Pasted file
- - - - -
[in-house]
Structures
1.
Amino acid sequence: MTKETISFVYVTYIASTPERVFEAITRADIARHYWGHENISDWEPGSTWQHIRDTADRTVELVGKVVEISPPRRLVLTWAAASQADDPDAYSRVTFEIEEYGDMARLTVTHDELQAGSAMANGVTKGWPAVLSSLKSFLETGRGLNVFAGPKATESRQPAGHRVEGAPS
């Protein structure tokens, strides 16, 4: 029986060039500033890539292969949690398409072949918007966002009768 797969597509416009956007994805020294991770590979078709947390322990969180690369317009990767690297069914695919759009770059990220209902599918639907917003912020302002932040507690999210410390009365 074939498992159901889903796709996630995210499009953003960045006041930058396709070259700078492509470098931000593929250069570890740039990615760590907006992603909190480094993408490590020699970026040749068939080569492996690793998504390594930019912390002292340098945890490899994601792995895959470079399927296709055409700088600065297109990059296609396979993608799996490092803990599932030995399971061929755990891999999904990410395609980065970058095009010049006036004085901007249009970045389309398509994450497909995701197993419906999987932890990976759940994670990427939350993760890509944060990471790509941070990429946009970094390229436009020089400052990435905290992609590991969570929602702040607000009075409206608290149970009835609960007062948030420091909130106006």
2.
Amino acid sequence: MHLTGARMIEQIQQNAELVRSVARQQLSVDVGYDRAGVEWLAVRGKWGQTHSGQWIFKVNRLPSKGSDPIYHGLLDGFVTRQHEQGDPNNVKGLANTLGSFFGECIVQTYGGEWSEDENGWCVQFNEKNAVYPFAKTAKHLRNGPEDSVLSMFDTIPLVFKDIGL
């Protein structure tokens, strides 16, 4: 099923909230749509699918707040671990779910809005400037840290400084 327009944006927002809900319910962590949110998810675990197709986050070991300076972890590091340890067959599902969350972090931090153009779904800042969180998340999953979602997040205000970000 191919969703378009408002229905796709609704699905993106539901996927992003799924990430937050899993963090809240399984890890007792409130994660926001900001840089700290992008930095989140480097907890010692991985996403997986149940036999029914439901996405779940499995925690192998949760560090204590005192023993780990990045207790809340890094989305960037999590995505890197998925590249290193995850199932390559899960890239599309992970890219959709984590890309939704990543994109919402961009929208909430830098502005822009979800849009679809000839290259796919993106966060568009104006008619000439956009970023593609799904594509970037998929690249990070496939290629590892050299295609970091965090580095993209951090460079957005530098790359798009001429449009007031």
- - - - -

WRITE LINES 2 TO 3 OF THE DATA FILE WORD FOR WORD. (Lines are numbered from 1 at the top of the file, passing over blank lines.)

Structures
1.